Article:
The 2024 Republican field may have just seen its first casualty.
NBC News first reported on Monday that the campaign of Miami Mayor Francis Suarez has gone dark, both in terms of messaging and money spent, since last week’s GOP primary debate in Milwaukee, Wisconsin. The second-youngest candidate in the race at 45 (vivek Ramaswamy is 38), Mr Suarez had sought to build a brand as a representative of a new generation of Republican leadership.
After failing to breach higher than one per cent in most national and local polling, however, Mr Suarez was the only prominent Republican excluded from the first debate last week. His exclusion came as the frontrunner, Donald Trump, refused to attend.
Now, as NBC first reported, his campaign has only spent a few thousand dollars since the middle of last week — and that total preceded another major drop-off in spending which occurred right after the Republican National Committee announced that he would not be in the debate.
Complicating the issue, Mr Suarez himself had stated that he believed any Republican candidate who failed to qualify for the debate should drop out. It’s unlikely that Mr Suarez expected himself to be the only candidate to clear that hurdle, but that is very much the case.
Mr Suarez’s last tweet from his campaign account was posted one night before the debate in Milwaukee. It reads, in part: “I respect the rules and process set forth by the RNC, and I look forward to working with my party to ensure we win back the White House and restore the path to a brighter future for our country.”
His campaign Instagram has also gone quiet. His website, itstimewegetstarted.com, lacks an events page (or any pages describing his policy platform, biography, or other useful information).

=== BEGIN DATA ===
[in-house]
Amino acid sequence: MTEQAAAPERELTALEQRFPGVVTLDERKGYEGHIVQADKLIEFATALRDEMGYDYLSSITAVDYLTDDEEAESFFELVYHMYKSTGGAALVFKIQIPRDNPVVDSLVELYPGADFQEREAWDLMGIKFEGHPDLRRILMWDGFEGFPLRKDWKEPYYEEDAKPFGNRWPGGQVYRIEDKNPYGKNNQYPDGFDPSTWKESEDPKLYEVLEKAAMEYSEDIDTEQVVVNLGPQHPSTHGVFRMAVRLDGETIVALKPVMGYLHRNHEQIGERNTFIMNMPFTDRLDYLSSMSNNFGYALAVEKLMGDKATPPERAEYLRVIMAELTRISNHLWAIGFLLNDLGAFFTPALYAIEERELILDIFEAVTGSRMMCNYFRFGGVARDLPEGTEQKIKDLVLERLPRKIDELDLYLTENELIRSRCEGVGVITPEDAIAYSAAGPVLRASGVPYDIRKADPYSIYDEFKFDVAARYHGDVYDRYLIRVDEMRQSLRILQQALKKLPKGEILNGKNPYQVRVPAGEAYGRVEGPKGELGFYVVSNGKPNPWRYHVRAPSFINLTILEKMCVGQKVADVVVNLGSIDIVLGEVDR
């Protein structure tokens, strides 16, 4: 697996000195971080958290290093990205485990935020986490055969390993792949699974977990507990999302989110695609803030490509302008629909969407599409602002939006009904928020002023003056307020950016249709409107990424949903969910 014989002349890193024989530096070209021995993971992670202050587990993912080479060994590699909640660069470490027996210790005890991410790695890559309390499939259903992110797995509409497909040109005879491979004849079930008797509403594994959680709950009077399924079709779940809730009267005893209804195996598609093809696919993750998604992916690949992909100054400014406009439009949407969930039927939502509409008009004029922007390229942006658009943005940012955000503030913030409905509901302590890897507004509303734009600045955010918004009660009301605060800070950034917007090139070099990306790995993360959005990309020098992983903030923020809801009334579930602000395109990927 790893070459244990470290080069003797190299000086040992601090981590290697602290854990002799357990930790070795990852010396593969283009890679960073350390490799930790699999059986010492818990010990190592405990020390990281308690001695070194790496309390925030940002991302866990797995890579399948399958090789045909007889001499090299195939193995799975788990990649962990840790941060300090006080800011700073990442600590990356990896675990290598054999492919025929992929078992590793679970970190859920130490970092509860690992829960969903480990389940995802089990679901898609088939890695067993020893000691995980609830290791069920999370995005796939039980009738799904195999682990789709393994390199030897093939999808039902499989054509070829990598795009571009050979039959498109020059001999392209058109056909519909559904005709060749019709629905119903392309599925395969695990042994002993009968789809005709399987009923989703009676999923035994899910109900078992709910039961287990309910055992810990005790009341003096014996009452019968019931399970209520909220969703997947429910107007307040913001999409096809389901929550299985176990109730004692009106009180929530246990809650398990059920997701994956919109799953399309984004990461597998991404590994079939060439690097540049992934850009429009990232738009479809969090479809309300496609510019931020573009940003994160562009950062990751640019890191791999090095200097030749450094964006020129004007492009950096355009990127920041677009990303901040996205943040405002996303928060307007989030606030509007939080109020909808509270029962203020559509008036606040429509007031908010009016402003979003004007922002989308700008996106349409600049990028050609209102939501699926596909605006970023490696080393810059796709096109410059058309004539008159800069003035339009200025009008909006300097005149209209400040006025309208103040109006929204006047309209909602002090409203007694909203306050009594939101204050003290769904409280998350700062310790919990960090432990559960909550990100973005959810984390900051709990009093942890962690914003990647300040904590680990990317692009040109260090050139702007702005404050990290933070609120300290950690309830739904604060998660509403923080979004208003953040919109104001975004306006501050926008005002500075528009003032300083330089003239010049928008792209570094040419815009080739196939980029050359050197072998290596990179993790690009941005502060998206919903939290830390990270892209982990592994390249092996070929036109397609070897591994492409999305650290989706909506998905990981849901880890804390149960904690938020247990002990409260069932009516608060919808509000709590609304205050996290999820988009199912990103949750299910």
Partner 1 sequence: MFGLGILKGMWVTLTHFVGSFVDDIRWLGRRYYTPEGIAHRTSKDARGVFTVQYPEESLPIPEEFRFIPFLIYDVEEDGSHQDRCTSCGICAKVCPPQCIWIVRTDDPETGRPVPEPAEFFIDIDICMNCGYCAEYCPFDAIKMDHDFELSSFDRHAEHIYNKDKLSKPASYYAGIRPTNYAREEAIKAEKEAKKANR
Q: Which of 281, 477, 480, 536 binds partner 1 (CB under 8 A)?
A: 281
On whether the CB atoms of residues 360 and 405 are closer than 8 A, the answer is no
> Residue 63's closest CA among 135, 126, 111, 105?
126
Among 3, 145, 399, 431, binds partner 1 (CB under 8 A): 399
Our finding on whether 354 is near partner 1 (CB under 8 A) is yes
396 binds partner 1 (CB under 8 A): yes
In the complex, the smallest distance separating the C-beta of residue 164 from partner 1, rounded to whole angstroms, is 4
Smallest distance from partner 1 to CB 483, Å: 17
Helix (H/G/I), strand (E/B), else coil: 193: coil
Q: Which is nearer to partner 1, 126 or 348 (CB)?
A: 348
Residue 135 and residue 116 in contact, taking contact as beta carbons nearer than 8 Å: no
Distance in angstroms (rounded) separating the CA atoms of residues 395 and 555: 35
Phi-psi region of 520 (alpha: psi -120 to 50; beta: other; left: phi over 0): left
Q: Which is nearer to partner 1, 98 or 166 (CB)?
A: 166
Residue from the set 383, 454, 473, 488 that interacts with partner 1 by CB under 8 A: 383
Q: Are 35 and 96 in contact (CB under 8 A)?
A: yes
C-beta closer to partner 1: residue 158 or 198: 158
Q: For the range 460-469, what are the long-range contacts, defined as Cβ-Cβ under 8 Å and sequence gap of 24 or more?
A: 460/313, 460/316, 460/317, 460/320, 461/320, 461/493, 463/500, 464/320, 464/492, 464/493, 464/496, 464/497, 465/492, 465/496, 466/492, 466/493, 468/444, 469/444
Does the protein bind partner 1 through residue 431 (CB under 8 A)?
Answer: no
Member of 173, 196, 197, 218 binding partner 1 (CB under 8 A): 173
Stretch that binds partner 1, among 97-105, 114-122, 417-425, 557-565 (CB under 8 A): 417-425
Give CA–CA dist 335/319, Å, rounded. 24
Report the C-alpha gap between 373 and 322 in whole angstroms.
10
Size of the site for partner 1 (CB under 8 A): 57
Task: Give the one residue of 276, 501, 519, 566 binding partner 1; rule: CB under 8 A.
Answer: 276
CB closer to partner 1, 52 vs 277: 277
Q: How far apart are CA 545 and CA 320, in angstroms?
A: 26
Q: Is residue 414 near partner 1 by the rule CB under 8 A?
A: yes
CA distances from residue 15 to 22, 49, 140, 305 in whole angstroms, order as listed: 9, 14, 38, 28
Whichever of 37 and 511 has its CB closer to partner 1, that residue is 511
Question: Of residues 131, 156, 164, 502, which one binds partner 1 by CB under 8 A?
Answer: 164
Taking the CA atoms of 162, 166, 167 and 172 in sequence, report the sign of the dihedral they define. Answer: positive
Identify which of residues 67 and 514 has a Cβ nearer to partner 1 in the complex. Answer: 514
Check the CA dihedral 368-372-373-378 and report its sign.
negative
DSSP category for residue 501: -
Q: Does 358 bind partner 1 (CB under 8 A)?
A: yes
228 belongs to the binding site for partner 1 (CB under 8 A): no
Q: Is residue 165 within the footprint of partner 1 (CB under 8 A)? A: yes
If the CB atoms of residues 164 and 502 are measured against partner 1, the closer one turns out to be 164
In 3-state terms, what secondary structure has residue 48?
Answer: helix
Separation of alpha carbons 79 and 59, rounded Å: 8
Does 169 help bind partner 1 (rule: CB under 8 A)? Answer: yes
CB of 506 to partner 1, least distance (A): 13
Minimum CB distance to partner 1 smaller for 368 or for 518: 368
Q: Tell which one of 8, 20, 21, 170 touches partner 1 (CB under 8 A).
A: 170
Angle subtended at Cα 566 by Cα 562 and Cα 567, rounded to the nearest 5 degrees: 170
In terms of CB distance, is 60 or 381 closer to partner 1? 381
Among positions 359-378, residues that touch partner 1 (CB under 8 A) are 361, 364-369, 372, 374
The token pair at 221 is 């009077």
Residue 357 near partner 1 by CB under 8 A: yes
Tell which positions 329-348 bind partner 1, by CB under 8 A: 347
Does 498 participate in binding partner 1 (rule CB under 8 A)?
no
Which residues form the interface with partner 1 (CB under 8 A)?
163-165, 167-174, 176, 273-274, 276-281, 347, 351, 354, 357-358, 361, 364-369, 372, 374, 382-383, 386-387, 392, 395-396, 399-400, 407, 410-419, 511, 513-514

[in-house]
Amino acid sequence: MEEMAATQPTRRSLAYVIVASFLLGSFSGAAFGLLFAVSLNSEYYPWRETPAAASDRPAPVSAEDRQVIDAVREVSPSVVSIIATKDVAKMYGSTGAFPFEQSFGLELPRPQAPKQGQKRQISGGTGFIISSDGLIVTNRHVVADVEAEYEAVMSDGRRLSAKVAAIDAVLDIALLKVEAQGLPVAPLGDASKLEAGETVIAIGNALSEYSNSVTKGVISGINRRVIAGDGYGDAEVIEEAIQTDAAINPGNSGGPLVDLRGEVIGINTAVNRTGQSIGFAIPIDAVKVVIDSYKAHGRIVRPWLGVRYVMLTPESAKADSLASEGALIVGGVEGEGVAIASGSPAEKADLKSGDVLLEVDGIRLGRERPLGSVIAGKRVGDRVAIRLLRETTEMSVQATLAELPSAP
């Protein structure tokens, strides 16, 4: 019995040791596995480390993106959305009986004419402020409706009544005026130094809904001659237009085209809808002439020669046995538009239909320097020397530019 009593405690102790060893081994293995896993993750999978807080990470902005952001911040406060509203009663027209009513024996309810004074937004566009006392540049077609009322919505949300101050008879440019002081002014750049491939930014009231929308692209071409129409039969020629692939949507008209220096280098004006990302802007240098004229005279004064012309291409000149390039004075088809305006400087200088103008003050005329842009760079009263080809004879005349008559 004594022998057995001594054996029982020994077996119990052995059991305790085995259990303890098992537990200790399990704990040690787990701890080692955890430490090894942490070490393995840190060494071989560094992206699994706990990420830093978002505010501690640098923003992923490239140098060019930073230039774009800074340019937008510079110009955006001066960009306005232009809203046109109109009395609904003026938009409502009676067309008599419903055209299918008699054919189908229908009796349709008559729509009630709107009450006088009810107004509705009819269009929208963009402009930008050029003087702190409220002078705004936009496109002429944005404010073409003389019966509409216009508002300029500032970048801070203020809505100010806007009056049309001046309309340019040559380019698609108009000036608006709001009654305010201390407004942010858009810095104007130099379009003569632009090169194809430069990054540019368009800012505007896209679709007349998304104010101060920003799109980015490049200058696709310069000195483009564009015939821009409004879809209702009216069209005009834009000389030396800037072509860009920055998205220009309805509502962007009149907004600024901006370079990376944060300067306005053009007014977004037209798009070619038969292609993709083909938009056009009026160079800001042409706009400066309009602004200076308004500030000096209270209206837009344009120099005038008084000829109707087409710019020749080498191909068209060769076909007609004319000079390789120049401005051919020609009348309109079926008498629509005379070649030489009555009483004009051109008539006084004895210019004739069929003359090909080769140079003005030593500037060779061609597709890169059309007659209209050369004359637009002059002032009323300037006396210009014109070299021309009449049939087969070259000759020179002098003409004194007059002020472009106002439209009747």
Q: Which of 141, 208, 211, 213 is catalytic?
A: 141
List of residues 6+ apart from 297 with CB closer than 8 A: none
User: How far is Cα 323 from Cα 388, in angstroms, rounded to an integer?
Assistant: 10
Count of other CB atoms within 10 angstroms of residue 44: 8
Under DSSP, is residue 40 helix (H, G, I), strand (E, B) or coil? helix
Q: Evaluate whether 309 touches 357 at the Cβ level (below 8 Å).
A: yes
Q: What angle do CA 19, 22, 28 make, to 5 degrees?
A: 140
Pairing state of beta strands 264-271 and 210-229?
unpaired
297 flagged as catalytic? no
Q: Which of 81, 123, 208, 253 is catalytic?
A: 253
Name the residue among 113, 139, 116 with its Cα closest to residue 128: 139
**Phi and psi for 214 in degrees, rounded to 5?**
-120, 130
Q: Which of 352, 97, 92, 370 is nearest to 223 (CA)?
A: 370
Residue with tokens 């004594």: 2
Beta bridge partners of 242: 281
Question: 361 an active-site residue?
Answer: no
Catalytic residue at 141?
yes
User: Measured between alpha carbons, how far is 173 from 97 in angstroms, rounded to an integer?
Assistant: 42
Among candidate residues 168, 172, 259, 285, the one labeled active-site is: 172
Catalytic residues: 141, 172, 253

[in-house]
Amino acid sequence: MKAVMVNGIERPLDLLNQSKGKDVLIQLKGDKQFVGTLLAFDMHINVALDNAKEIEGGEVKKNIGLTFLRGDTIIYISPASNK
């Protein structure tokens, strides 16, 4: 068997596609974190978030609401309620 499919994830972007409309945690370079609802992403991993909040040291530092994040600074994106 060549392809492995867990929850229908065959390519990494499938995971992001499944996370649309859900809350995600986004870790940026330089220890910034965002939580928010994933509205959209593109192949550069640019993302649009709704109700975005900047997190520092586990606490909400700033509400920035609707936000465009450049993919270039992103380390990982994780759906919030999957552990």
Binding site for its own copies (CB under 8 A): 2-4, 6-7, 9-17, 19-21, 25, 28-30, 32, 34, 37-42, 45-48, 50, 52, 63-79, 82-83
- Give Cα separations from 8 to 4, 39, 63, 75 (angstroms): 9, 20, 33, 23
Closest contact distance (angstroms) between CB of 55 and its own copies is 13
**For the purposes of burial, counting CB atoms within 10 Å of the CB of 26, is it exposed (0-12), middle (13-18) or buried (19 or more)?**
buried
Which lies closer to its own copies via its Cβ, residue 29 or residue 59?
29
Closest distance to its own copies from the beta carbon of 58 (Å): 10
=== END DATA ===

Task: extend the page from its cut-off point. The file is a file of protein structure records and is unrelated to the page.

Mr Suarez also lamented in the post that Republican voters would not hear “my story of how conservative principles of keeping taxes low, keeping people safe and focusing on creating prosperity for all created the most successful big city in America.” The lengthy statement does not display any indications of a candidate who expects to qualify for debates in the future.
The Independent has reached out to a Suarez official for comment on the status of his candidacy.
The first GOP debate was a Trump-less affair that served as a revealing look into the mindset of the current GOP. Candidates hesitated, then said ‘yes’ when asked if they would still support a convicted Donald Trump for office were he to win the GOP nomination, with the exception of Chris Christie. And political newcomer Mr Ramaswamy was sharply criticised for his lack of experience and past comments on Mr Trump and other subjects.
The ex-president himself has declared the GOP primary decided, pointing to his support in the polls, though he has in the past dismissed those same polling firms as fake news.
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